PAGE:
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Skywatchers, Shamans, and Kings: Astronomy and the Archaeology of Power

Skywatchers, Shamans, and Kings: Astronomy and the Archaeology of Power

by E. C. Krupp, Krupp, Edwin C. Krupp
A preeminent writer and researcher in archaeoastronomy, Krupp has visited and photographed over 1,300 ancient and prehistoric sites all over the globe. He presents a fascinating survey of the astronomical beliefs and myths of ancient cultures all over the world, such as how the world was created, celestial powers that govern natural processes, and man's place in the


A preeminent writer and researcher in archaeoastronomy, Krupp has visited and photographed over 1,300 ancient and prehistoric sites all over the globe. He presents a fascinating survey of the astronomical beliefs and myths of ancient cultures all over the world, such as how the world was created, celestial powers that govern natural processes, and man's place in the cosmos. Describes the intriguing rituals each culture developed to worship the gods of the sky and how these rituals led to the field of modern astronomy. Contains new, previously undisclosed research on sites in Egypt, China, Tibet, India, the American Southwest, and other countries. Includes 150 photos, drawings, and illustrations--many of which have never been seen before.

Editorial Reviews

Krupp's indispensable volume is fascinating, well-illustrated, and covers much territory. . . . His keen understanding of myth and archetypal themes in popular culture shines through in these pages.
Ray Bradbury
In an age that spends far too much time looking down, Dr. Krupp teaches us once more to look up at the stars and marvel. For this renewal, many thanks.
New Scientist
Beautifully produced, profusely illustrated. . . . It should be read by anyone even remotely interested in the long saga of the Universe's profound and lasting influence on mankind's development.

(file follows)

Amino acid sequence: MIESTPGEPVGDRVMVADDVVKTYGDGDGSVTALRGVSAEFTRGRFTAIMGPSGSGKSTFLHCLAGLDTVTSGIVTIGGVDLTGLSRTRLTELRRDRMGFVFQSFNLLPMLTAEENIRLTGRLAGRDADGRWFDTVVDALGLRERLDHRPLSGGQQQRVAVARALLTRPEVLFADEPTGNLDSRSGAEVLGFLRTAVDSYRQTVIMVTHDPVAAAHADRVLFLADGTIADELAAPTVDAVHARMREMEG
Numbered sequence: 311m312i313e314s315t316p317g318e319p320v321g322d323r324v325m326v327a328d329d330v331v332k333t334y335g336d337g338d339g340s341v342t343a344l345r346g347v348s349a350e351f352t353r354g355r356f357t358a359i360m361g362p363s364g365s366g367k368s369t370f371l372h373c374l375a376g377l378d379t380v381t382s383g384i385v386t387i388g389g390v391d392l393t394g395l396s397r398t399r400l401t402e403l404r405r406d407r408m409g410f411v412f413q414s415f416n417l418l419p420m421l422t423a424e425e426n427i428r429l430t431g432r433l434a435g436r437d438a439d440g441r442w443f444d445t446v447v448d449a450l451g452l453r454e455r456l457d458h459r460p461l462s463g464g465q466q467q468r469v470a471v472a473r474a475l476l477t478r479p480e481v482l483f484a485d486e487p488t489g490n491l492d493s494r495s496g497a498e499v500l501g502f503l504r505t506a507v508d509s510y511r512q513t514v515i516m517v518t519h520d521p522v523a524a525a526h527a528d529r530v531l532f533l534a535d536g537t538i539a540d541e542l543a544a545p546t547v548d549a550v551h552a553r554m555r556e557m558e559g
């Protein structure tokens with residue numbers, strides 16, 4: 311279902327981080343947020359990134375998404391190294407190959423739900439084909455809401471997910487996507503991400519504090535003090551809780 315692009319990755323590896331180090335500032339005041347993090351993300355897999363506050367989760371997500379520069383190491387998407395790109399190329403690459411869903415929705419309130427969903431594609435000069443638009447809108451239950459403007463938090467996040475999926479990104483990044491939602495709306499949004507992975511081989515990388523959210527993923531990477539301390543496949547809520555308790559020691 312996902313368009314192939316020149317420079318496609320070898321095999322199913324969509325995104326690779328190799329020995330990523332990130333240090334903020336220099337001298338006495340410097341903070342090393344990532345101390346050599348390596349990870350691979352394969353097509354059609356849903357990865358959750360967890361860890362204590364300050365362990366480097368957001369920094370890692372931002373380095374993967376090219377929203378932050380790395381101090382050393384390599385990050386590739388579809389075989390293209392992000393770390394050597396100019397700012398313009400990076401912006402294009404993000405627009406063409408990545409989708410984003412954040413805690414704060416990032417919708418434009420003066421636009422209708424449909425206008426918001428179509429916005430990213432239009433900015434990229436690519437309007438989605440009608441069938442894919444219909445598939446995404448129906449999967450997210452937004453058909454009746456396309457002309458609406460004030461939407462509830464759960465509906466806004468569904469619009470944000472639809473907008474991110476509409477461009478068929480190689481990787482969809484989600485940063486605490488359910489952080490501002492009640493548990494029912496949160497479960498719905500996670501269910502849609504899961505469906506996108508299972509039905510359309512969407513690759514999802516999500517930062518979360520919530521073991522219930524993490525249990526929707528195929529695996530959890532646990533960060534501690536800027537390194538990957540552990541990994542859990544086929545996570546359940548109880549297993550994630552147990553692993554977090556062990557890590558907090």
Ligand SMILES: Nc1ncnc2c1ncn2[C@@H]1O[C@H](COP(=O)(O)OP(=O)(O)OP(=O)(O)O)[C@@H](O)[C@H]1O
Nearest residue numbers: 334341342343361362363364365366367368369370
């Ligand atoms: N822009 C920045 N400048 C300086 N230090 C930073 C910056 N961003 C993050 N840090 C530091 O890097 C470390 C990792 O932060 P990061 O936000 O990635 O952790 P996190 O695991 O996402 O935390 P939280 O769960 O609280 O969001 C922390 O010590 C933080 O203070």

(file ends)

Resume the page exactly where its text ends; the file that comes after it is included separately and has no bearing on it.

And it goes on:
Modern Astronomer
It requires rare skill to impart so much information in so vivid a manner.
San Diego Times
Besides being delightful stories, they confirm just how far back our fascination with the sky goes . . . [Krupp is] a peer of Joseph Campbell.
Sky and Telescope
Krupp's writing is always in the best style, and this work is no exception. . . . This is an impressive, interesting, and useful work whose pages should become worn from use over the many years it will remain a standard, highly treasured source of information.
Skeptical Inquirer
Excellent. . . . An extraordinary collection of folktales and myths and lore relating to the cosmos and our place in it, all placed into context by an astronomer who revels in the wonder and beauty of the natural world.
Anthony F. Aveni
E.C. Krupp's Skywatchers, Shamans & Kings invites readers to explore how and why the human condition has been influenced by heavenly images cast upon a celestial screen. His text offers readers a lively, well-informed personal tour of many of these places. Krupp leaves it to the individual reader to come up with his or her own cosmic philosophy. Those who sign up or this lively tour will find themselves well informed.
Publishers Weekly - Publisher's Weekly
An astronomer with a Jungian streak, Krupp (Echoes of the Ancient Sky), the director of the Griffith Observatory in L.A., synthesizes the study of the heavens with archeology in an intriguing attempt to understand the cultural power of shamans and kings in ancient civilizations. In the tradition of Frazer, Eliade and Campbell, the author seeks commonality in the use of sky myths by shamans from cultures as diverse as the Mayan, Egyptian, Tibetan, Mongolian, Chinese, Turkic, African and Inuit, as well as those of the indigenous peoples of the American plains, Northwest and Southwest. Carefully analyzing sacred petroglyphs, pictographs and statuary, he traces the evolution of culture from hunting bands to the establishment of complex civilizations. The journey includes study of the natural high places of the earth, which direct human awe heavenward toward the sky gods. Alternately, the chthonic depths of caves and grottoes are examined for insight into the traditions of nurturing mother goddesses and fertility cults. Throughout, reference to ancient awareness of the movement of the planets and constellations, especially in regard to the solstices and equinoxes, is highlighted. With an anecdotal style and with reference to myriad illustrations, Krupp enngagingly explores the historic derivation of political control descending from the skies, to rulers. The harmonics of order implicit in the structure of the cosmos, he forcefully contends, are endangered by contemporary reactionary, earthbound cultures, engendering conflicts that are expressed in rising social intolerance and religious fundamentalism. (Nov.)